Recently, the Victorian Coalition promised $2.8m for “decodable readers” for schools if they win the upcoming election. The announcement added fuel to an ongoing debate over whether these resources will make a meaningful difference to students’ reading outcomes.
Supporters of decodable readers, such as the Victorian Coalition, Dyslexia Victoria and Dr Jennifer Buckingham from the Centre of Independent Studies (CIS) say decodable books allow children to practice their decoding skills in a methodical way.
However, others like renowned literacy consultant Di Snowball, THRASS co-founder Denyse Ritchie and award-winning associate professor, Misty Adoniou, claim decodable readers can actually be harmful to children’s reading outcomes.
Dr Jennifer Buckingham from the Centre for Independent Studies (CIS) said one factor muddying the waters of the debate is misinformation about decodable books and the way they are used.
“Decodable books do not replace other books. All children should have the opportunity to enjoy children’s literature,” Dr Buckingham told The Educator.
She said that while decodable books are often criticised for their contrived storylines, text analysis has shown that the levelled and predictable books used in most classrooms are equally and sometimes more limited in vocabulary.
“Contrary to claims that children find decodable books boring and turn them off reading, there is published research showing that children found decodable books enjoyable and motivating,” Dr Buckingham said.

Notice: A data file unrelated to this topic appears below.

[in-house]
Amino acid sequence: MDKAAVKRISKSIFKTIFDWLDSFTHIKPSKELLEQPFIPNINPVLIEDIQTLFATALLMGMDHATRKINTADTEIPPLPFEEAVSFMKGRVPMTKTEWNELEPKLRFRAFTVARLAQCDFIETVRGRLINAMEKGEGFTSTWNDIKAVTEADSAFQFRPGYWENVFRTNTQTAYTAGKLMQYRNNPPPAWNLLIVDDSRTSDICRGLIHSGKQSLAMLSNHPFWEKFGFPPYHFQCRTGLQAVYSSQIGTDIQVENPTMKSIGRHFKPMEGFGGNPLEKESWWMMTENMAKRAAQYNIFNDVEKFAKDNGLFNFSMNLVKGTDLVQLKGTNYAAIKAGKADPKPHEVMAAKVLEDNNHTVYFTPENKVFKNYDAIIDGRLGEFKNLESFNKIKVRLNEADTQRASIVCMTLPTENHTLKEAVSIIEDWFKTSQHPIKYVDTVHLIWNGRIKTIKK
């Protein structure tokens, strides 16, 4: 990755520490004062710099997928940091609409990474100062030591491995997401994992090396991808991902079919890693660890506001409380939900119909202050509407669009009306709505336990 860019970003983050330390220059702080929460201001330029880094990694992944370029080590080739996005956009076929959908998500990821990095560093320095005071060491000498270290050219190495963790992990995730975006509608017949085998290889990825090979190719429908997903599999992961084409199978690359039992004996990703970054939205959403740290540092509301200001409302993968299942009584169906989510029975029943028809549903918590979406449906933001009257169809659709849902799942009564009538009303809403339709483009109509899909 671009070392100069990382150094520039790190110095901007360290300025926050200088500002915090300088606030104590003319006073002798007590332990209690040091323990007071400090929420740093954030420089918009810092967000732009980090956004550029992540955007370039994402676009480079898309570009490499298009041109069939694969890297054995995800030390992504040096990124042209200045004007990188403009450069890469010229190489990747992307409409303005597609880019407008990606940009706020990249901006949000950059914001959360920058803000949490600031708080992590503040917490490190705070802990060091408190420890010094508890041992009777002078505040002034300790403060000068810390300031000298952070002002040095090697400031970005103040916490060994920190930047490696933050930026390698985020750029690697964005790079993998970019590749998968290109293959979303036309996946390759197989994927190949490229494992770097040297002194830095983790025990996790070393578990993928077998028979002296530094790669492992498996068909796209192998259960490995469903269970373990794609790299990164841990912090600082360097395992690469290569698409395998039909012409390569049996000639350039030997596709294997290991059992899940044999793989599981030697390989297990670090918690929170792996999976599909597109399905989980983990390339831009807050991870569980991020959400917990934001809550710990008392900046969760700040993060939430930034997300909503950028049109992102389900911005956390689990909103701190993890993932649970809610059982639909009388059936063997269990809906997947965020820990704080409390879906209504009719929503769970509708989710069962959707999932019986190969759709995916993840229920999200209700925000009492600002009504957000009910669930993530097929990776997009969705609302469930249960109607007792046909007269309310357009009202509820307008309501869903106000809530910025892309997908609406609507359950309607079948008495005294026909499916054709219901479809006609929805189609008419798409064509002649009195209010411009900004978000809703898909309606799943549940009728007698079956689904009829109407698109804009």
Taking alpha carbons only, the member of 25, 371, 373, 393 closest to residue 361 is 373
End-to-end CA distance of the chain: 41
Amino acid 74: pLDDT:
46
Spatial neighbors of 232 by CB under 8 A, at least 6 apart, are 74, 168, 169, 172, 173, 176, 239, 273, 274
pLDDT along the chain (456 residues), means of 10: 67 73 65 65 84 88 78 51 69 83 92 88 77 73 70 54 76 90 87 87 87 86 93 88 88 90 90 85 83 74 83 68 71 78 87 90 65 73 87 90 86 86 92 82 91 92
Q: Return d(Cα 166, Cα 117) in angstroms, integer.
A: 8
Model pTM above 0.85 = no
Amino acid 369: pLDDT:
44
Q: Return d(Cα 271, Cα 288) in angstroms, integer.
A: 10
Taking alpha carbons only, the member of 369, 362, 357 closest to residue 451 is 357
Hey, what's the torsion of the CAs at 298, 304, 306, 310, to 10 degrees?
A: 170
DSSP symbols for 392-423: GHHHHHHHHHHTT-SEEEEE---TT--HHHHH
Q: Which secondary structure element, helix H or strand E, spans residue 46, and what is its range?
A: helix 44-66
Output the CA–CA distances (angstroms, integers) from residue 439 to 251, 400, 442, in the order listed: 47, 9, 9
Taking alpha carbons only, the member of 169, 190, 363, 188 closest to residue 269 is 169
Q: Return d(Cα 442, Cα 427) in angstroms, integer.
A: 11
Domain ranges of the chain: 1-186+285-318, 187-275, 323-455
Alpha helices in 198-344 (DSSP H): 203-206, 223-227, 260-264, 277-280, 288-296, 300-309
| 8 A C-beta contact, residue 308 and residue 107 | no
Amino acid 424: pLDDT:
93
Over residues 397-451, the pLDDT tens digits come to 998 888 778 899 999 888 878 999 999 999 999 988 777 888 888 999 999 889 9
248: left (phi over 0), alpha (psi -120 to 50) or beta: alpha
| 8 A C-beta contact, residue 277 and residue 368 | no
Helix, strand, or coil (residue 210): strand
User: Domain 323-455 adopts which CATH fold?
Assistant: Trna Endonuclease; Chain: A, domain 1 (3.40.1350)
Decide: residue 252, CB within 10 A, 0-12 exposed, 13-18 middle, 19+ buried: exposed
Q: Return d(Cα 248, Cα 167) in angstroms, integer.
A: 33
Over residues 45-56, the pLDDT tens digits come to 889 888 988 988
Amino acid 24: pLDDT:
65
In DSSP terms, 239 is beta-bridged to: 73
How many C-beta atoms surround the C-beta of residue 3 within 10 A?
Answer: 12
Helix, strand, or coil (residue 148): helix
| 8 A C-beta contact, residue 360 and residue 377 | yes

In a 2013 study by academic Emma Capper, children reported enjoying reading decodable books and saw them “as a source of exciting stories which developed their reading confidence through practising their skills”.
“Importantly, literature reviews have found that children who had the opportunity to read decodable books were more likely to become accurate and fluent readers,” Dr Buckingham said.
Dr Buckingham pointed to other research (Cheatham and Allor, 2012) which examined seven high-quality peer-reviewed studies.
“This study found decodability to be a ‘critical characteristic of early reading text as it increases the likelihood that students will use a decoding strategy and results in immediate benefits, particularly in regard to accuracy’,” Dr Buckingham said.
“They also highlighted the need for students to apply phonics skills in connected text and found that decodable text positively impacts early reading progress.”